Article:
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Juliet, Naked


Juliet, Naked

Rhapsodizing about the Shins’ song, “New Slang,” Natalie Portman begs Zach Braff in the movie Garden State, “You gotta listen to it. It’ll change your life.” Portman’s character would feel perfectly at home in Nick Hornby’s sixth novel, a fetching story about the power of music, the folly of celebrity fandom, and the perils of celebrity itself. Hornby offers up an appealing set of “Hornbyesque” characters, as frustrating as they are likable in their struggles to navigate the shoals of ordinary life.

There was a time when a novel that brought together two people living in a dreary English seaside town and a mostly forgotten American rock star would have been too farfetched to pull off. Enter the Internet, and Duncan Thomson, obsessed fan of Tucker Crowe, a singer/songwriter in the mold of Dylan, Springsteen and Leonard Cohen, whose career ended mysteriously when he stepped out of the bathroom of a tiny Minneapolis club in 1986. Duncan, a college teacher in Gooleness (its name devastatingly conveys the town’s desperate ordinariness), runs a website devoted to dissecting Crowe’s work with the intensity of a Talmudic scholar. As the novel opens, Duncan and his girlfriend, Annie Platt, are in the midst of a three-week odyssey across the United States dedicated to visiting the iconic sites in Crowe’s life and career.

If Duncan had devoted as much effort to his 15-year relationship with Annie as he has to obsessing over Crowe’s oeuvre, her attention might not be so concentrated on the swift passage of time and the rapidly fading chance she’ll bear a child as she reaches her 40th birthday. “What hadn’t she done because she’d spent too much time with a boring, faithless nerd,” Annie muses, “apart from living the kind of life she’d wanted when she was twenty-five?” Annie is the curator of the Gooleness Seaside Museum, charged with mounting an exhibit to commemorate the highlights of the summer of 1964, when a new band --- the Rolling Stones --- performed in the town and a shark washed up on the beach. Her therapist (she’s his only patient) wants to date her, and a “northern soul” dancer from a neighboring town begs her to sleep with him. One of Hornby's signal achievements in the novel lies in making her mingled frustration and anger palpable.

Annie and Duncan’s static existence is disturbed when Duncan receives a CD containing acoustic versions of the 10 songs on Crowe’s “legendary" breakup album, Juliet. Dubbed Juliet, Naked, the disc quickly wins Duncan’s ecstatic praise, but Annie’s decision to post her challenge to her companion’s adoring review serves as a tacit declaration of independence that brings their foundering relationship to an end in a breakup scene that is laced with brittle humor and pathos: “They made it hard for you to jump off bridges, or to smoke, to own a gun, to become a gynecologist. So how come they let you walk out on a stable, functioning relationship?”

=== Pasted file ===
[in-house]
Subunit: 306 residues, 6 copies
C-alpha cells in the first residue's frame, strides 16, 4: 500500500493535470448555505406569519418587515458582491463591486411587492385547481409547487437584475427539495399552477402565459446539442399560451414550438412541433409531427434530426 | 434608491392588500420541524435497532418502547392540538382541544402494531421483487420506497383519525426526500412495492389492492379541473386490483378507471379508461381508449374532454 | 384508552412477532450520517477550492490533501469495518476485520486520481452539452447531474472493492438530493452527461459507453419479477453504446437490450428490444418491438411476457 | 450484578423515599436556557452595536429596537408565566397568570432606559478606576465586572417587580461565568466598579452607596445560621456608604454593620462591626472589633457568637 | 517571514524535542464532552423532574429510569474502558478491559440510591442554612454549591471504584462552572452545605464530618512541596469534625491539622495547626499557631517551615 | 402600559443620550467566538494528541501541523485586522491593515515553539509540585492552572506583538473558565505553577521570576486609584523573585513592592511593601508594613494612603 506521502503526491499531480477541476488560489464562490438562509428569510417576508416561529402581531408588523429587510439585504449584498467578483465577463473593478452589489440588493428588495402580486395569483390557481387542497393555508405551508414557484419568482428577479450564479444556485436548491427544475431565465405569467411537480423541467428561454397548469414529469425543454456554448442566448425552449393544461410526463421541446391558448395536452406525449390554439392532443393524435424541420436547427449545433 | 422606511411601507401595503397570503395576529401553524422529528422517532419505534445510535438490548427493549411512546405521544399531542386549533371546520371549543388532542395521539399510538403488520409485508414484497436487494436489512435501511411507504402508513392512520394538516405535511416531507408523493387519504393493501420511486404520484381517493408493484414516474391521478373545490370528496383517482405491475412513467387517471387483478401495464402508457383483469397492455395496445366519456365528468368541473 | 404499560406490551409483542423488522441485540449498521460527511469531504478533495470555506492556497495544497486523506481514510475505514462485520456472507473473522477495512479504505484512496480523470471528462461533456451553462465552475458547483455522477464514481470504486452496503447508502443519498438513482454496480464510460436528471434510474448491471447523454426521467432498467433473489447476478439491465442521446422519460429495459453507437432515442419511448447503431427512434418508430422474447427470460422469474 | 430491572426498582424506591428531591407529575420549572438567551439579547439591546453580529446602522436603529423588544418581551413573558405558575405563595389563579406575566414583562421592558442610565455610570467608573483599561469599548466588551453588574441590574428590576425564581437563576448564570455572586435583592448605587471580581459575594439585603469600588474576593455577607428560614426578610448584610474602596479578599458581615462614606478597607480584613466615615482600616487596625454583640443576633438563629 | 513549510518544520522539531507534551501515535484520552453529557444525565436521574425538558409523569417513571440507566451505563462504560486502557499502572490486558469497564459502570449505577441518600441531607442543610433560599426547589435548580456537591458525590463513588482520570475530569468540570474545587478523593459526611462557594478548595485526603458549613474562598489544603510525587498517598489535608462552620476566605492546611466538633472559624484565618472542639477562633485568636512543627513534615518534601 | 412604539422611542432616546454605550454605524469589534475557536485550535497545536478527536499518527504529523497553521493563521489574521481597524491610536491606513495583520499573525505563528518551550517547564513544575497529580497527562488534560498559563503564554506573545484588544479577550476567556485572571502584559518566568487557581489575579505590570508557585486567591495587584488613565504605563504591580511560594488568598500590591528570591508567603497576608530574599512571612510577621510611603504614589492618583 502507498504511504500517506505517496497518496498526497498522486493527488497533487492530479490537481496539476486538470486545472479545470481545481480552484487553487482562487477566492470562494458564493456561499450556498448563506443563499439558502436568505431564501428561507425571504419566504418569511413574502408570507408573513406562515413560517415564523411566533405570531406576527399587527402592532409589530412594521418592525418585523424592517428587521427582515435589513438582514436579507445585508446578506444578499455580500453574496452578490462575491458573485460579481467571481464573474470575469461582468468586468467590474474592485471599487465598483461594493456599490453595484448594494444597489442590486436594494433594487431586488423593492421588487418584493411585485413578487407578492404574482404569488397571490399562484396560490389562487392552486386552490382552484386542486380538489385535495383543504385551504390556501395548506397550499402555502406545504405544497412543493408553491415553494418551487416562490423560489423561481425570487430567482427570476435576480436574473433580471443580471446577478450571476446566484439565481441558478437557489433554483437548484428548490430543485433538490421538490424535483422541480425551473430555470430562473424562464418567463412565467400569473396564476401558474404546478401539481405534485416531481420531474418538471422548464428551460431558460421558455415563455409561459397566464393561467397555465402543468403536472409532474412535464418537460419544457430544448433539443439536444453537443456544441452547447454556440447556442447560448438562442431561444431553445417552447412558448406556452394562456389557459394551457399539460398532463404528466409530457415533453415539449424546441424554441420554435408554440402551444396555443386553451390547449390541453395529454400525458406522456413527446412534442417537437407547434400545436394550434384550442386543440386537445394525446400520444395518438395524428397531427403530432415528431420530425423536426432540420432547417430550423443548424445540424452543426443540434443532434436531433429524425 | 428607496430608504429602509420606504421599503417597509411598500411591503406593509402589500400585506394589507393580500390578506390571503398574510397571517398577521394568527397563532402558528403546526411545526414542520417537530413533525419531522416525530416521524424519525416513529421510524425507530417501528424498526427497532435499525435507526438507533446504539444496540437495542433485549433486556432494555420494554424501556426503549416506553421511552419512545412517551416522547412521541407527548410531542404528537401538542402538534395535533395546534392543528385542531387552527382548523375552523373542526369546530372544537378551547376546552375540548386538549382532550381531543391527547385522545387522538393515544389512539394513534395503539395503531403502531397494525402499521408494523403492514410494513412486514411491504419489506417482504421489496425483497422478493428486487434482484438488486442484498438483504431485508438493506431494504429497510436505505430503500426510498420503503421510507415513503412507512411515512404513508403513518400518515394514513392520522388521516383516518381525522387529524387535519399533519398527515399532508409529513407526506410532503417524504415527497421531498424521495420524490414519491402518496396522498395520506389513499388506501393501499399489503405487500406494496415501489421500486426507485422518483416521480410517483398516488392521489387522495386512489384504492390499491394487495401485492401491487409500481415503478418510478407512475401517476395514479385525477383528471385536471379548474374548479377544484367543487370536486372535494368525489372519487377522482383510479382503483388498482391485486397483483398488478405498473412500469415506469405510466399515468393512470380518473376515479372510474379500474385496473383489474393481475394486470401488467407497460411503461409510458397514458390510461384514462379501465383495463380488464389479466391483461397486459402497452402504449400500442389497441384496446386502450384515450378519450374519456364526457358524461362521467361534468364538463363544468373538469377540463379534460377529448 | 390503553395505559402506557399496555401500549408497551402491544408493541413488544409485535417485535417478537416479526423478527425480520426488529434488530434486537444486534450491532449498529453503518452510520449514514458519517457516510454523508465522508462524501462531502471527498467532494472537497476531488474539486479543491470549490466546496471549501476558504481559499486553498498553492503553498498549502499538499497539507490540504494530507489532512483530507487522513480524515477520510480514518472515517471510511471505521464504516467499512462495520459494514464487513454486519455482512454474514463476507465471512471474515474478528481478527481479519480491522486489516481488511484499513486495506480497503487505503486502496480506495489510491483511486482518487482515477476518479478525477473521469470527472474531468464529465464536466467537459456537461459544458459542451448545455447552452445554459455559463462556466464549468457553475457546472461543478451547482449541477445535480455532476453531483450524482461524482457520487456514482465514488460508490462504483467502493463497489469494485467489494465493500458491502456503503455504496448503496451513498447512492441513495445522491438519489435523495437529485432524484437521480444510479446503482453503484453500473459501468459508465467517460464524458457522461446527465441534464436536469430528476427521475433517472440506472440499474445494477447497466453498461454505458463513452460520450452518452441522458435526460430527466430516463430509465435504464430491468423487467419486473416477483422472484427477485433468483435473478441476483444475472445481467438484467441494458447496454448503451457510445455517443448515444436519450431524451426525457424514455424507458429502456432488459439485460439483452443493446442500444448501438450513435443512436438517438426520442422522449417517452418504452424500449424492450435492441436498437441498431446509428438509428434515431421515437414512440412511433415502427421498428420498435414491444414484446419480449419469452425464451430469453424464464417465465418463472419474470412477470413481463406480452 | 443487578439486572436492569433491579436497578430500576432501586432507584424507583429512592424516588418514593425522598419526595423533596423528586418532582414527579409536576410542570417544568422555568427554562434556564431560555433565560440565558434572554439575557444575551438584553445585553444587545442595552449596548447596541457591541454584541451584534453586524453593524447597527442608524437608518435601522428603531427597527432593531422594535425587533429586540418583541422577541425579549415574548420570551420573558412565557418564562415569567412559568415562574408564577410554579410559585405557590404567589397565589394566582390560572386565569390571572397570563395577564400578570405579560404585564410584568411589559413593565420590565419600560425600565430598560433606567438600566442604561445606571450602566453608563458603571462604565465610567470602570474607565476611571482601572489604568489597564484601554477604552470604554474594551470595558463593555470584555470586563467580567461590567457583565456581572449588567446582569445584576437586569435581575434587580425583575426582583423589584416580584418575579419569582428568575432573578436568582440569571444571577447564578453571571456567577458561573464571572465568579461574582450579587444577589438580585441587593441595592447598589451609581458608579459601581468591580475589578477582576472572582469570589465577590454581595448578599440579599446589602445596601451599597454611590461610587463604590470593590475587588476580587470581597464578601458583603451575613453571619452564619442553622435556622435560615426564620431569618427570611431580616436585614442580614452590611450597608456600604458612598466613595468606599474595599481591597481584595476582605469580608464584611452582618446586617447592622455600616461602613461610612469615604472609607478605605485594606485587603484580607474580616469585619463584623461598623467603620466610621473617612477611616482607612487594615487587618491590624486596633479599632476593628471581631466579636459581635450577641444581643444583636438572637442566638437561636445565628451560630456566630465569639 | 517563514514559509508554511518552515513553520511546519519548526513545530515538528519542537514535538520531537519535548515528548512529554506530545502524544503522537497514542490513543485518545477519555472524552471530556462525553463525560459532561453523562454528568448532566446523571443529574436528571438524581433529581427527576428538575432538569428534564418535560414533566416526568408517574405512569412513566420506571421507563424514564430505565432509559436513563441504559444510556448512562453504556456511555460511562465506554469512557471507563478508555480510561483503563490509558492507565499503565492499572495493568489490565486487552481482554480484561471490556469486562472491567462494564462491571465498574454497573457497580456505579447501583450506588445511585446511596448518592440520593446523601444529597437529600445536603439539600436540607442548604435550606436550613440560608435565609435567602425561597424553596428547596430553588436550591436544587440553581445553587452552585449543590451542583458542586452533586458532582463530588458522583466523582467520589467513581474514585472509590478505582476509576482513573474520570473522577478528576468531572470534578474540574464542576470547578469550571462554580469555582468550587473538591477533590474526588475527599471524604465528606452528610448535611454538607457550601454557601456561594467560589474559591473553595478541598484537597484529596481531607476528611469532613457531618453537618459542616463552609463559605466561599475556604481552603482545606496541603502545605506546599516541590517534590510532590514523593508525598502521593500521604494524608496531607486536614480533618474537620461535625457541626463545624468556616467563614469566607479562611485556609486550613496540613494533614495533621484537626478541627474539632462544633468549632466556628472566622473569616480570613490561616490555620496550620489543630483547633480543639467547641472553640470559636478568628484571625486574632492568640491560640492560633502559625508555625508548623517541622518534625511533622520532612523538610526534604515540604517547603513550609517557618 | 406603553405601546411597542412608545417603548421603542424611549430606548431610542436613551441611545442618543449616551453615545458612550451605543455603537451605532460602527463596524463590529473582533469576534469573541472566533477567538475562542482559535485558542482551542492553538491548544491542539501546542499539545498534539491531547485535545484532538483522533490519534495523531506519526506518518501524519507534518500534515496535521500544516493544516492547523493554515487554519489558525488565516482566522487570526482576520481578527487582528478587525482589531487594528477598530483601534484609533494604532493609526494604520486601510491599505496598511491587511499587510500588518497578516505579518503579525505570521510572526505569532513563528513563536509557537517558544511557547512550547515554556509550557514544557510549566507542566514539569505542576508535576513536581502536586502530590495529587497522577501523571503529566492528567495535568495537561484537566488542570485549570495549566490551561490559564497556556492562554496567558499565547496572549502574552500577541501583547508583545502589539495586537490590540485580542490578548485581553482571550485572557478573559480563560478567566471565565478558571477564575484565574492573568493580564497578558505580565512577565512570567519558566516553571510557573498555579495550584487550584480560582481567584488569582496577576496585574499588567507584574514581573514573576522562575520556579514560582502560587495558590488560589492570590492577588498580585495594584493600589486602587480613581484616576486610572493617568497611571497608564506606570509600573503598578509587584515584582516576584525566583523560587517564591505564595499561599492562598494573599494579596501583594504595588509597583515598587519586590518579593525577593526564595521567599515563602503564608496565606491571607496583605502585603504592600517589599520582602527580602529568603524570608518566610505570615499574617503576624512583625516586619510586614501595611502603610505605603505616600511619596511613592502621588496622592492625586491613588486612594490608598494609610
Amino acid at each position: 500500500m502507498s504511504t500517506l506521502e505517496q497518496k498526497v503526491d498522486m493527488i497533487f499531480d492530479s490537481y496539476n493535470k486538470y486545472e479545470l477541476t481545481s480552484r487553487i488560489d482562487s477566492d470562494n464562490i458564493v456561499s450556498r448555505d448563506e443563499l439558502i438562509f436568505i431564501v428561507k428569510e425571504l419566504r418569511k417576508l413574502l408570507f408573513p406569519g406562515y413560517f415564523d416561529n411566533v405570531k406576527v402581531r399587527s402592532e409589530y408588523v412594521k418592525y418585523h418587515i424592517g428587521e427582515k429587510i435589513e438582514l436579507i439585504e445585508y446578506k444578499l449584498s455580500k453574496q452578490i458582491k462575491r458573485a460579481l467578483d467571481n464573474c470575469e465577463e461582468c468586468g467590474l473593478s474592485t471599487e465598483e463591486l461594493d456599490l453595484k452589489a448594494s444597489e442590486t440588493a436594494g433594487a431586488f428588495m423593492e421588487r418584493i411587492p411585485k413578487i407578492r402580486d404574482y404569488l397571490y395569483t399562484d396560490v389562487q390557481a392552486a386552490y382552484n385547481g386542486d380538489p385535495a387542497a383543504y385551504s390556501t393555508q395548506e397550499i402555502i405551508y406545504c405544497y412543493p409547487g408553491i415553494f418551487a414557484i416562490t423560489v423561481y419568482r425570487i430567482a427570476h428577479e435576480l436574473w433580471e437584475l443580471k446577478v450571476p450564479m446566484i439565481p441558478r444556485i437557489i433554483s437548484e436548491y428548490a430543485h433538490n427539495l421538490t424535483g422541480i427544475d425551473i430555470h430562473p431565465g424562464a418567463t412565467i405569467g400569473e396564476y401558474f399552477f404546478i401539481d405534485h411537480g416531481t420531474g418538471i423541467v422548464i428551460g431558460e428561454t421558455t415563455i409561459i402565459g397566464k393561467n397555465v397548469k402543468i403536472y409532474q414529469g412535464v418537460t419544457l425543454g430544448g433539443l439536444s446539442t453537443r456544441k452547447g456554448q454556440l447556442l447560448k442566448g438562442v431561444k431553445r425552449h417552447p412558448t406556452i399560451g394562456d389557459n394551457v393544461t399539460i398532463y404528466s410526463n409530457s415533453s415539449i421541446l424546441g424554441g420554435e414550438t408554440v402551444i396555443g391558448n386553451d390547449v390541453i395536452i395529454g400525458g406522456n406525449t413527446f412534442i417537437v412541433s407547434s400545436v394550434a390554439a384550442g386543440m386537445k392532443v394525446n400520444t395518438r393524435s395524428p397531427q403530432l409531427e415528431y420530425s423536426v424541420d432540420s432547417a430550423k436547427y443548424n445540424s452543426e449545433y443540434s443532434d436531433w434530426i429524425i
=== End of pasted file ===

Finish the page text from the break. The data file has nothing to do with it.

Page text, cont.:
Annie’s boldness attracts the attention of an unlikely email correspondent --- Tucker Crowe --- who shares her own dim view of the work and, like her, is burdened by the need to reclaim a huge swath of lost time. After his disappearance from the music scene for 22 years, he has succeeded only at squandering the talent he briefly displayed and at inflicting misery on those who find themselves in his orbit. “So stopping had been a very smart career move --- provided, that is, you ignored the lack of a career that was the inevitable consequence.” Father to five children with four mothers, he lives in a small town in central Pennsylvania with his six-year-old son, Jackson, and his most recent wife, who is about to divorce him. When his pregnant daughter in London loses her baby, Tucker and Jackson head for England and what will turn out to be his rendezvous with Annie. What he doesn’t expect, in the process, is a health scare and a reunion with (most of) his widely-scattered exes and their offspring. And soon, Annie and Tucker are circling each other warily, heading toward a resolution that is satisfying in its unpredictability.

No popular novelist working today is as generous to his creations as Nick Hornby, and it’s that talent that makes it easy to see ourselves in the wistful, quietly desperate lives of these characters. Almost without effort, Annie helps the men in her life --- celebrity (however minor) and devoted fan --- experience something that looks suspiciously like growth. And in accomplishing that, she finds herself changed in unexpected ways. “For the best part of forty years she had genuinely believed that not doing things would somehow prevent regret, when, of course, the exact opposite was true. Her youth was over, but there might be some life left in life yet.” There’s ample life in this charming novel, an openhearted, witty take on how starting in the middle can feel like a new beginning.

Reviewed by Harvey Freedenberg ( on January 22, 2011

Juliet, Naked
by Nick Hornby

  • Publication Date: September 7, 2010
  • Genres: Fiction
  • Paperback: 416 pages
  • Publisher: Riverhead Trade
  • ISBN-10: 1594484775
  • ISBN-13: 9781594484773